rss
6

South Australia’s big win with wind

Print Friendly

Wind Power in South Australia has been a howling success; it now provides more electricity in the state than coal and in just a decade the wind industry has developed into one of the world’s leaders – and all to the benefit of South Australians.

Back in 1998 when the National Electricity Market was formed, South Australian generators charged more for electricity than generators in any of the other states. Today South Australian electricity is at its lowest price since the creation of the NEM and that is largely because of its choice to significantly develop its wind resources.

Wind Power costs a lot less than the savings it makes – it’s like a preventative measure; an insurance that you buy against high electricity prices. In the case of South Australia, they did just that and it paid off. According to the Essential Service Commission of South Australia wind power adds just 0.366c per kWh to the average South Australian electricity bill or just on 1 per cent (based on AEMC 2013/2014 South Australian 32c retail rate) The oft claimed outrageously high cost of wind is just $18.00 a year per household.

However offsetting this small cost is South Australia’s transition from having the highest cost wholesale electricity to the lowest cost in the country (AEMC 2013/2014). This lower-cost electricity has been a result of the Merit Order Effect, and a number of reports have quantified this value to consumers.

The Australian Energy Market Operator (AEMO) recently stated that South Australian pool prices are now the lowest since the start of the NEM, and data in a published report shows the wholesale price is half the ‘normal’ price when it’s windy, and shows that wholesale prices are at least 0.5c per kWh lower thanks to wind power in that state. The analysis was current until 2010, savings on wholesale electricity in 2011 are expected to be even greater.

This means that South Australian householders are paying 0.366cents ($18 a year) for wind but saving 0.5cents ($25 a year) on wholesale electricity. In other words, they’re already better off to the tune of $7 and we’ve only just started shifting to renewables. We’ve only just started, because South Australia is on 26 per cent wind power (25 per cent coal, 49 per cent gas), while Denmark – the world’s leader – is on the same, but is already building to its target of 50 per cent wind power by 2020. South Australia can easily do the same by upgrading its electricity grid interconnection to Victoria and New South Wales in order to become a wind powerhouse, exporting renewable energy eastward.

Uninformed critics of South Australia’s rollout of wind claim that the state would not save significantly on its carbon emissions, that it would burn as much, or more, coal and gas and that it would continue to rely on electricity imports from Victoria to prop up its high penetration renewable power grid.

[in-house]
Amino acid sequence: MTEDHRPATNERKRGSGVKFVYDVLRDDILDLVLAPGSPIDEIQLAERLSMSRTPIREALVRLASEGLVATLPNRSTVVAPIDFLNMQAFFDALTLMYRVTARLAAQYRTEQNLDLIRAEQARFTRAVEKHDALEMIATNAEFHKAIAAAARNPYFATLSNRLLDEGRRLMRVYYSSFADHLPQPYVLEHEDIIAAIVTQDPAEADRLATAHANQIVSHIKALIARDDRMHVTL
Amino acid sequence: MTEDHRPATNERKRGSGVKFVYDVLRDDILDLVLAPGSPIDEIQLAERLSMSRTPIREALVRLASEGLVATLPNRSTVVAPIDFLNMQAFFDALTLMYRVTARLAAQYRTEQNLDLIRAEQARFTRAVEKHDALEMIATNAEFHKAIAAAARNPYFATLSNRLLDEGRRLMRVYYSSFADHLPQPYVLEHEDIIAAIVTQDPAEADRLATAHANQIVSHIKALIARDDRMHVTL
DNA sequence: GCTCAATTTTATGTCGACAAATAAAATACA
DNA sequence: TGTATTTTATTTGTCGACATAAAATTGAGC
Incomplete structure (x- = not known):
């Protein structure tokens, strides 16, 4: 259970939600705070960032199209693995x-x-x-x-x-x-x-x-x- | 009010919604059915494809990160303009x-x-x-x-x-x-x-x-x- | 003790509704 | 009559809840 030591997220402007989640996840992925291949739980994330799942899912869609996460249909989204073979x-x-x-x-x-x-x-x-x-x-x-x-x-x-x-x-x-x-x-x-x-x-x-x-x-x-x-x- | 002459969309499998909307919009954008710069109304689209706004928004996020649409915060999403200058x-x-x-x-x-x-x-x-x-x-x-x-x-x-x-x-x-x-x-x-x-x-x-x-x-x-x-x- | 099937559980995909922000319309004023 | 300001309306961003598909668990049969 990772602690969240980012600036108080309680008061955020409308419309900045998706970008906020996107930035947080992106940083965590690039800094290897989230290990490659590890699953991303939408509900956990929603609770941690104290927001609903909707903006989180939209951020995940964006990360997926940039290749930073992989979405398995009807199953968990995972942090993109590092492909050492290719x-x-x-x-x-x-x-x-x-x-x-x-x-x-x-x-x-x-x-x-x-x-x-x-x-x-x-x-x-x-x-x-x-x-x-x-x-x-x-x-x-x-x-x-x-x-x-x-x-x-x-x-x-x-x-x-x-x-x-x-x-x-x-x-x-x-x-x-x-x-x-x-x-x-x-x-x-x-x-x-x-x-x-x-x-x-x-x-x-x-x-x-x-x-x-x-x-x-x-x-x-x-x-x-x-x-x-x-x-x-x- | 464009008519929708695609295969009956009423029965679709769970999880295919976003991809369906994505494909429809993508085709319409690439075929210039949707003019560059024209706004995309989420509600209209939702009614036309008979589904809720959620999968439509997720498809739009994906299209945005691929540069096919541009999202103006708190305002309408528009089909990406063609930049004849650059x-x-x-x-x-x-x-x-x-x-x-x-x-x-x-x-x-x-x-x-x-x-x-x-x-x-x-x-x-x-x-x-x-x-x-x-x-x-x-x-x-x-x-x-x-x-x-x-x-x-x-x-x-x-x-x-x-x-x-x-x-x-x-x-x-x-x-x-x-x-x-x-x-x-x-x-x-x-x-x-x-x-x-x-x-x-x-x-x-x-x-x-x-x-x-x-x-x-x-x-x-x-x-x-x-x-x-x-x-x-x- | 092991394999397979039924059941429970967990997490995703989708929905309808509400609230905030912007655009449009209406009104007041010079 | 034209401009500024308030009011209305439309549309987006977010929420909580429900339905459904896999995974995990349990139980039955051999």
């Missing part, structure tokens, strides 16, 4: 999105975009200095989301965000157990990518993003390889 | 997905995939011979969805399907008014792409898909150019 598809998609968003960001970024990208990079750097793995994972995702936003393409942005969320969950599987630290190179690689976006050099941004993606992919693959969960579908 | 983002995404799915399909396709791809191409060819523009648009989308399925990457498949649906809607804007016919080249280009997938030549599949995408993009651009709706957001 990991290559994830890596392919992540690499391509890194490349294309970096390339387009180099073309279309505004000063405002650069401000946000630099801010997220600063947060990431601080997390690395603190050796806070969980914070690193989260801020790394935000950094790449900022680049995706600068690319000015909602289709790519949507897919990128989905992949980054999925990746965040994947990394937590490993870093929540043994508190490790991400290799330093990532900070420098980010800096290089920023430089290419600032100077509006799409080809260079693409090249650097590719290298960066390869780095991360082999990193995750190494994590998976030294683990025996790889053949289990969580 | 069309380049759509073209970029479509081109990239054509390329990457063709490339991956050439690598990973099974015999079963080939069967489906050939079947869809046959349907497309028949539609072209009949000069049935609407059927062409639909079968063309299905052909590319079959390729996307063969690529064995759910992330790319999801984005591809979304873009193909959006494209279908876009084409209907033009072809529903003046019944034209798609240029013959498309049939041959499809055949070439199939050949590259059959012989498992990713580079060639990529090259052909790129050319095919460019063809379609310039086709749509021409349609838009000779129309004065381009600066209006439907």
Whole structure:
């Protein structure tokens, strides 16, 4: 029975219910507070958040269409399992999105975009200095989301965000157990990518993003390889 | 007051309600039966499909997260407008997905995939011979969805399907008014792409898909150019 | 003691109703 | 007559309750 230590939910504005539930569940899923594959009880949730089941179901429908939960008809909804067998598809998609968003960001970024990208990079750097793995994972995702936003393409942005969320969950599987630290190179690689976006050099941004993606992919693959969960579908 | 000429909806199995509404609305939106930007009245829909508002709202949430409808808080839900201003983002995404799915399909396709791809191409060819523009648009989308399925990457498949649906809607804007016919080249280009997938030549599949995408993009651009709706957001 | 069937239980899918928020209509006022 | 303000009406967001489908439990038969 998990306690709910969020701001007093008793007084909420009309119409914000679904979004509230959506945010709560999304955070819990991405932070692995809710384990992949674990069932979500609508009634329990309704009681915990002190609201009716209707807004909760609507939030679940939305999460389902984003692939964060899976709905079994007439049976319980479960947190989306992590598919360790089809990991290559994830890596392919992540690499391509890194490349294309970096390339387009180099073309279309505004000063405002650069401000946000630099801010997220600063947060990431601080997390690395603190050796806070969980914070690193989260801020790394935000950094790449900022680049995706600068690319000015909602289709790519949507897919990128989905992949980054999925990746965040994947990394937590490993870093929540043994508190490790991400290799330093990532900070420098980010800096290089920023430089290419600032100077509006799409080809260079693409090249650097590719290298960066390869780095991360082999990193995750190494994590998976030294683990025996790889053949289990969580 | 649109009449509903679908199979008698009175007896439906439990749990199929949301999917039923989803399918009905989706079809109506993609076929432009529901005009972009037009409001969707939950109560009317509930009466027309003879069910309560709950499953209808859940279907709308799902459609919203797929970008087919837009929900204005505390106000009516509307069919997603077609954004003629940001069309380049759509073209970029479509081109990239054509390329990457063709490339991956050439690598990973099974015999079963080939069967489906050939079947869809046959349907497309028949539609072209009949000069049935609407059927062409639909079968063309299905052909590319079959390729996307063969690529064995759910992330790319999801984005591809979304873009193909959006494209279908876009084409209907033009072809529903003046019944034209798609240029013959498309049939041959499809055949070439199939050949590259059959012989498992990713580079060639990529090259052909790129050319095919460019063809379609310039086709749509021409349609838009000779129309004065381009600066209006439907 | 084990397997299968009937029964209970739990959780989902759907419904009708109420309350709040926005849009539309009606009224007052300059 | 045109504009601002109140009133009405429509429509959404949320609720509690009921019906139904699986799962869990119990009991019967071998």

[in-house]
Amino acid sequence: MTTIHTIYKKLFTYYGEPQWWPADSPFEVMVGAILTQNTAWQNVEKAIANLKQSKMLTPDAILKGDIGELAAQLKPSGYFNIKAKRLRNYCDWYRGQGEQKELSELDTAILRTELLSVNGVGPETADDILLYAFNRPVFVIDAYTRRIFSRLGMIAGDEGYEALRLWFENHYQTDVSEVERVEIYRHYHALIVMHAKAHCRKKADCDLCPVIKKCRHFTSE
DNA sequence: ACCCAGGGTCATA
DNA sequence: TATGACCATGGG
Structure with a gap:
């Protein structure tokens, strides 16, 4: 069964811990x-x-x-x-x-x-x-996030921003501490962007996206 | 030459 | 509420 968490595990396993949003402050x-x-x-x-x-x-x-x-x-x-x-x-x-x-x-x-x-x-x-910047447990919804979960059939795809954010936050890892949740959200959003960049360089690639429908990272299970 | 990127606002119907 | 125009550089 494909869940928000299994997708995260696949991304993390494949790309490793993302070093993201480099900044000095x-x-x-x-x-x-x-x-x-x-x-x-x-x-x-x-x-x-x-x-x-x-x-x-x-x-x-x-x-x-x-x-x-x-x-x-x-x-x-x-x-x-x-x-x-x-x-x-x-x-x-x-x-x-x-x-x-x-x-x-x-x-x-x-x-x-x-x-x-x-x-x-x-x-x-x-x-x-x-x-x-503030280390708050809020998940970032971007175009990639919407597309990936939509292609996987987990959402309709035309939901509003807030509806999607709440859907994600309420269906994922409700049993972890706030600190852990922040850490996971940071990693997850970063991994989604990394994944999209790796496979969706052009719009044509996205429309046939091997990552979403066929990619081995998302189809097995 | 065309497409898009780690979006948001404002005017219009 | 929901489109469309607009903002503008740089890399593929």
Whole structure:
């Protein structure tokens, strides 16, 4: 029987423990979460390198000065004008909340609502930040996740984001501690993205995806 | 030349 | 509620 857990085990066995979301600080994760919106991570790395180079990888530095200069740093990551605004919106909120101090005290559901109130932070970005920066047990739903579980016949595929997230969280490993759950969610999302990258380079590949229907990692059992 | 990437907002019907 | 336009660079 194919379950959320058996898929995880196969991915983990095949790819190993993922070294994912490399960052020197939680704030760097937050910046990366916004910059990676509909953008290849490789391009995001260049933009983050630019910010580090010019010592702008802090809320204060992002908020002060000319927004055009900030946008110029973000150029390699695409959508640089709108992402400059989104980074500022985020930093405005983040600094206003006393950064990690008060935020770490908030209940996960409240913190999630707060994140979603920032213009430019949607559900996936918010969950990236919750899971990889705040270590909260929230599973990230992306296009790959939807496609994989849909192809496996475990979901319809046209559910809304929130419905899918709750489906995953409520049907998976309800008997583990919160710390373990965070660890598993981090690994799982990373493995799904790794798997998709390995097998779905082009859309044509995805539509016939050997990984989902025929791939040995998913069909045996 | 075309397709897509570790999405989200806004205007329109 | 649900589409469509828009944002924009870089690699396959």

None of this has proven to be the case.

As AEMO’s report makes clear, while South Australian electricity demand has increased over the period that the majority of the state’s wind has been installed (2005-2011), carbon emissions have reduced by over 15 per cent.

During the same period, South Australia deployed just 200MW of new capacity (other than wind) – a tiny amount given the increase in demand, and especially peak demand, in the state over the period – and 1,000MW of wind farms. This clearly shows that wind power does not require new backup generation and can be deployed well beyond 25 per cent nationwide before any significant augmentation is required to the current electricity supply system.

In fact, a huge amount of gas peaker and hydro has always been available on the grid, sized to replace the shocking instantaneous loss of a 500MW coal-fired power generators. Liddell Unit 3 in NSW tripped five times in just 40 days last year, with no production for over 3 days at time. These challenges have been proven to be far greater than the challenge of integrating wind power.

The real data from AEMO now shows that South Australia is burning less coal, less gas and, most importantly, importing less electricity (mostly brown coal) from Victoria – and wind output can be accurately predicted to 97+ per cent for each period. (Just ask AEMO, the people who run the electricity market).

Wind Works. It’s giving South Australia climate security through decarbonising its economy, energy security through reduced imports of expensive volatile fossil fuels. And it works so well that South Australia can now go further and target 50 per cent of the state to run on wind power and put much more solar on rooftops while planning to integrate this with Baseload Solar Thermal plants installed in locations like Port Augusta.

As for the rest of Australia, we should be ratcheting up our efforts and not missing out on the benefits that have been afforded to those in Australia’s least-populated mainland state.

RenewEconomy Free Daily Newsletter

Share this:

  • http://bigpond Ian Franklin

    Mathew,
    The published figures (26% wind, 25% coal, 49% gas) add to 100%. Solar, of course, is not included, presumably because it is not measured. I wonder what contribution solar is making, as it appears that SA now has around 80,000 households with installed PV, perhaps 150MW installed, and lots of sun? Hence, SA has around 12% or more of total PV installed in Australia, but 8% of the population.